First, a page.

Breathing on alternating sides, or bilateral breathing, during freestyle can help eliminate cramping, increase oxygen intake, and balance your stroke, explains USA Swimming. Bilateral breathing can also give you an edge during the swimming leg of a triathlon because it helps with sighting, gives you the option of breathing comfortably on either side in rough water conditions and allows you keep an eye on the competition on either side of you.
Three-time Olympian, Gary Hall Sr., explains in his Triathlete article,
“Awkward as it may feel at first, within a few weeks, you’ll become comfortable [breathing on both sides].There are some rough open-water days that you may only be able to breathe safely to one side, so it’s nice to have this option.”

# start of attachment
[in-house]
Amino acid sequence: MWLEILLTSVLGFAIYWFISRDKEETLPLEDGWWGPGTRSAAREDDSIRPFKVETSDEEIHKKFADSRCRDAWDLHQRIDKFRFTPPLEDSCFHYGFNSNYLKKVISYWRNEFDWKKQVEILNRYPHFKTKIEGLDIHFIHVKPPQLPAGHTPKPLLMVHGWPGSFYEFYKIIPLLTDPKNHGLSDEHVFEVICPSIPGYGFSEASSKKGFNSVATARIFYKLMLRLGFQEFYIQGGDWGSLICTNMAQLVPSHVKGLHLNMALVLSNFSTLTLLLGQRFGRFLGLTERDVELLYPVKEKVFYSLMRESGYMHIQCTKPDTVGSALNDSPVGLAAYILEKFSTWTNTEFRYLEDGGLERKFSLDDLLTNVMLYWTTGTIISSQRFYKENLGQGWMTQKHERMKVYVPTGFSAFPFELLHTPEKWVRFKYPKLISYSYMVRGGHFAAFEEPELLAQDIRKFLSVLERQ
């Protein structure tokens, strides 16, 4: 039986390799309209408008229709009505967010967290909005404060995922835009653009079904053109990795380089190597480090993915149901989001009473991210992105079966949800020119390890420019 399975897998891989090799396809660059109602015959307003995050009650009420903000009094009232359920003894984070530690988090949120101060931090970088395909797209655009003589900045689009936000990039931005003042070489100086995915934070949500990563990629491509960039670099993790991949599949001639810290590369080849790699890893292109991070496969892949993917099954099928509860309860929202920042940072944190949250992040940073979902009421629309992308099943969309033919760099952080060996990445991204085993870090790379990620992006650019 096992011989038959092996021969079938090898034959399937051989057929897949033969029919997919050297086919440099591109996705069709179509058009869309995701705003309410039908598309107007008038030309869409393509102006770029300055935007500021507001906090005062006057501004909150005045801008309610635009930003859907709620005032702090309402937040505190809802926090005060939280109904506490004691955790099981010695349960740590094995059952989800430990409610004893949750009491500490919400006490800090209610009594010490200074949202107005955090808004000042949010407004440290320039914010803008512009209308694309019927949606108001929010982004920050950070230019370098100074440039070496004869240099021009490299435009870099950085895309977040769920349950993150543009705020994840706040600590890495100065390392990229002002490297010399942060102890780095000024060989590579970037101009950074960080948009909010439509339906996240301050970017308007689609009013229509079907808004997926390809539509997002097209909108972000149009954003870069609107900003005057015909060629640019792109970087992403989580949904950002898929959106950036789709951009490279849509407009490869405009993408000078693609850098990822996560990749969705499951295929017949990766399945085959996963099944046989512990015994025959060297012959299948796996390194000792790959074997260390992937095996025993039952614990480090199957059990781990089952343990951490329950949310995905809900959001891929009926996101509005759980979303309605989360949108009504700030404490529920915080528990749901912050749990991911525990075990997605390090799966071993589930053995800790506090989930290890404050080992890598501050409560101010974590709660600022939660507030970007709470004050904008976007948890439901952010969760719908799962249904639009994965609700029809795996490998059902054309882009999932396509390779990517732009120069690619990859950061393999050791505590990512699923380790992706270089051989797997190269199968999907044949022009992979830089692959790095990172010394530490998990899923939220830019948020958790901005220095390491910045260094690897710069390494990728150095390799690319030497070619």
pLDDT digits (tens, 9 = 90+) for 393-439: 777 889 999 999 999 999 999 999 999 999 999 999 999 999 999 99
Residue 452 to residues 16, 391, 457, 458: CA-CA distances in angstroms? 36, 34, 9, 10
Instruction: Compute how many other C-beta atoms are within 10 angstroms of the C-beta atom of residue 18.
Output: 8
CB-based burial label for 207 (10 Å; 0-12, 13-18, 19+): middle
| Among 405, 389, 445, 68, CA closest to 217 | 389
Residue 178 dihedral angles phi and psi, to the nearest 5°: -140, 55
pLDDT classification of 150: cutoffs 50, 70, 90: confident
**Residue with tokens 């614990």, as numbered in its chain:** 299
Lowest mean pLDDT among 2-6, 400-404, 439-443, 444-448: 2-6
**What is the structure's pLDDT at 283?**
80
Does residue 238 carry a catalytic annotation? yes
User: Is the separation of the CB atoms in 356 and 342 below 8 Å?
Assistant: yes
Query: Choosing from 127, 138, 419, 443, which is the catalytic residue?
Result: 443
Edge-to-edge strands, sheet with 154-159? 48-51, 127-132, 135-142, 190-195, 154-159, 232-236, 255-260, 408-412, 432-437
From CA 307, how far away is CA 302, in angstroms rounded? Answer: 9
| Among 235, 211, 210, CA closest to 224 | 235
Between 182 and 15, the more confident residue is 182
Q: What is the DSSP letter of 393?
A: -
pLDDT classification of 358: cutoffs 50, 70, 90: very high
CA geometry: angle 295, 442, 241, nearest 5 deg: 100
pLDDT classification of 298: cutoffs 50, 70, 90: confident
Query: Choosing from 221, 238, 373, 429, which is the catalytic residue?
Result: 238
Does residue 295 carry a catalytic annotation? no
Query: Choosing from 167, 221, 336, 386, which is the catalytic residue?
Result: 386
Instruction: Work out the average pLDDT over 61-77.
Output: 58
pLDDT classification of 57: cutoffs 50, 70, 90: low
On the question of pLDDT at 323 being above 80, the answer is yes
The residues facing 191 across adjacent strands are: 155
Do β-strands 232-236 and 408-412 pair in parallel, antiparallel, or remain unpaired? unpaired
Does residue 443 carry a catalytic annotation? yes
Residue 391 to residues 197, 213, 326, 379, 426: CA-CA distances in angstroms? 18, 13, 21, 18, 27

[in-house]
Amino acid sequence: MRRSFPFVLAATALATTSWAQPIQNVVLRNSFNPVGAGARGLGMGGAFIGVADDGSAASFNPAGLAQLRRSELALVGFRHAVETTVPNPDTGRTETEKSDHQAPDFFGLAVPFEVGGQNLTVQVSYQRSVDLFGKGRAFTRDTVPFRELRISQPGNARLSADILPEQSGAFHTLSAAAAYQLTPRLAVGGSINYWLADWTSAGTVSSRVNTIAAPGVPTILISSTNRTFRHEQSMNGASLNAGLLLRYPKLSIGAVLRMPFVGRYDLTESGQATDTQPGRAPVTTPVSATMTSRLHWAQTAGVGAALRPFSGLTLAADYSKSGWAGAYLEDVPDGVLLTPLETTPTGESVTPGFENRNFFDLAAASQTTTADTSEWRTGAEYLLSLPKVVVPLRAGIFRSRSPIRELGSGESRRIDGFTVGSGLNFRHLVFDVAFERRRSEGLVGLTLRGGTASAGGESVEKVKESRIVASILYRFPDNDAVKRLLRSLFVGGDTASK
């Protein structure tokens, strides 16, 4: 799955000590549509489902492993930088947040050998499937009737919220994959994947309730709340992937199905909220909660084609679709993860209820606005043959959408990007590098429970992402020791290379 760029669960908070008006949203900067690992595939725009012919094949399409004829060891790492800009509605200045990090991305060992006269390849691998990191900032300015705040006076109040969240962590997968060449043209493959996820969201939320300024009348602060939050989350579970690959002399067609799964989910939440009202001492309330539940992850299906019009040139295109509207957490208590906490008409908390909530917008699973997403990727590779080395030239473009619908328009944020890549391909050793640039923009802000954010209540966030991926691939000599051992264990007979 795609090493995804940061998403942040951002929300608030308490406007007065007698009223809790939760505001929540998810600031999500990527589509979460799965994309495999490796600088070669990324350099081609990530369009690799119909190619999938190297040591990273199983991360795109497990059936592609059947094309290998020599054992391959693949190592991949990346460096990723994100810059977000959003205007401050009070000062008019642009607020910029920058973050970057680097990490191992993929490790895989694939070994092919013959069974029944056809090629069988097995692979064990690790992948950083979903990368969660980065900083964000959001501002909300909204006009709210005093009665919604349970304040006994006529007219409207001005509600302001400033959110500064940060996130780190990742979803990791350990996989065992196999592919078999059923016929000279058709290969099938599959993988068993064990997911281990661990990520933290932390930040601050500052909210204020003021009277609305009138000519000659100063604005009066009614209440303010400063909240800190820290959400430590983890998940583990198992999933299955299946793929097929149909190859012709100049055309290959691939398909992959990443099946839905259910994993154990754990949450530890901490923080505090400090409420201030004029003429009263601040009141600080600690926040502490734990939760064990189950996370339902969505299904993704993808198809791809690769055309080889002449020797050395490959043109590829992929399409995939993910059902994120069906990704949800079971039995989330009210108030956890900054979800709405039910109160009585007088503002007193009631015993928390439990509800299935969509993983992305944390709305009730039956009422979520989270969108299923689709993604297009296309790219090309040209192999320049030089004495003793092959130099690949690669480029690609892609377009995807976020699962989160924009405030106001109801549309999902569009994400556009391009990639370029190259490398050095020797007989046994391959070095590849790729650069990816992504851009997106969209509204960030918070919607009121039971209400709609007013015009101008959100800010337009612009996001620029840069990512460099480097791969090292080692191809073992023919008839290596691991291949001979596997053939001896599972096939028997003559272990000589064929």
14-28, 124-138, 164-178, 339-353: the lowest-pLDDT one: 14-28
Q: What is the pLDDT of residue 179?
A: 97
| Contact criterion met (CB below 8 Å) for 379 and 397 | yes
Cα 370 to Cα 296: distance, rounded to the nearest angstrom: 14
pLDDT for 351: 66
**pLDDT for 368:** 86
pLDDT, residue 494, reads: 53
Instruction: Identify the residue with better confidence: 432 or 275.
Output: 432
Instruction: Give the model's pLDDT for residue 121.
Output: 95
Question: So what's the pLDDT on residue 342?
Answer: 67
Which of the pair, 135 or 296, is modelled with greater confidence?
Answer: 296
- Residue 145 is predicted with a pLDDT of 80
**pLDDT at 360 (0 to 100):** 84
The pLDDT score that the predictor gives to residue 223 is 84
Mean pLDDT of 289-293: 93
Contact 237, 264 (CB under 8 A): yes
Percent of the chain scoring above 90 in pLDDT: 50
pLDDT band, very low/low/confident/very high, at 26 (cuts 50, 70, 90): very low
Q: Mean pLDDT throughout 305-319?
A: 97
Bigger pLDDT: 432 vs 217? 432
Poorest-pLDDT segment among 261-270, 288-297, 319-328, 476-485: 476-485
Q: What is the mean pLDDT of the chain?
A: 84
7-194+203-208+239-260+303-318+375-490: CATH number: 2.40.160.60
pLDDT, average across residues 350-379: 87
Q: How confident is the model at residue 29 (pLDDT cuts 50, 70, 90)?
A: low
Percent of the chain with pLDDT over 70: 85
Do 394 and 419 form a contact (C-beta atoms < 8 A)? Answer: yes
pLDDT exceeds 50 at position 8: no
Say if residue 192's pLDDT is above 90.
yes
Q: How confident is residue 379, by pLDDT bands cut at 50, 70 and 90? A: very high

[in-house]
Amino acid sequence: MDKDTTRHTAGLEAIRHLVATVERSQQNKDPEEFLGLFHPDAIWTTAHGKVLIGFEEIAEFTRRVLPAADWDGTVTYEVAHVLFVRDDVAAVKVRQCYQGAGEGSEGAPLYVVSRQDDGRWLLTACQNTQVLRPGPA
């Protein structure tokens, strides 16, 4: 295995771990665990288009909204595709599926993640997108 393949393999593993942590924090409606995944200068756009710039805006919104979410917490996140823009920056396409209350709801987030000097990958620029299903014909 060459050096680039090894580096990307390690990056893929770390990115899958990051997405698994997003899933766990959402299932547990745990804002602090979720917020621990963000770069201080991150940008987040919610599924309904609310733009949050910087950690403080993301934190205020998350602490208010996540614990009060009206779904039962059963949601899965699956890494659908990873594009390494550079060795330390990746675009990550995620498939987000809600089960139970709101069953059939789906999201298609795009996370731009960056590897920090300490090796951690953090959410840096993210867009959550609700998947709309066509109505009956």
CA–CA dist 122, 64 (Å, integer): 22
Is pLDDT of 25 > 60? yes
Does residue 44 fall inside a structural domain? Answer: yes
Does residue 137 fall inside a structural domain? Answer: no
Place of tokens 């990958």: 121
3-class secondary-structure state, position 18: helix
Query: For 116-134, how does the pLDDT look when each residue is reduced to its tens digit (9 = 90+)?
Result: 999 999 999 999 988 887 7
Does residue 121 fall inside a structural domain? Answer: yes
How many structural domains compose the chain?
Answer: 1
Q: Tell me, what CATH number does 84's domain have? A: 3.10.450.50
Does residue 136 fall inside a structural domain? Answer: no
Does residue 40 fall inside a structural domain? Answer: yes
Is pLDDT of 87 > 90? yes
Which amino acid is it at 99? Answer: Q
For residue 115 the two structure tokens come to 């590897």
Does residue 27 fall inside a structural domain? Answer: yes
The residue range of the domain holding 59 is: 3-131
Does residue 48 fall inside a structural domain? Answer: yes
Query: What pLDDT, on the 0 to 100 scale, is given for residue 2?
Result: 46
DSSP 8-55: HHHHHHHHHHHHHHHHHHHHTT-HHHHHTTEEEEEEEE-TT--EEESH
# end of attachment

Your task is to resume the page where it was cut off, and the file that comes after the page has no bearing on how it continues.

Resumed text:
The 1:3 breathing pattern is the easiest to start with because breathing every third stroke forces you to breathe on alternating sides. To execute this pattern, leave your face in the water for the first and second strokes, breathe to one side on the third stroke, followed by two more strokes with your face in the water and a breath to the alternate side on the third stroke.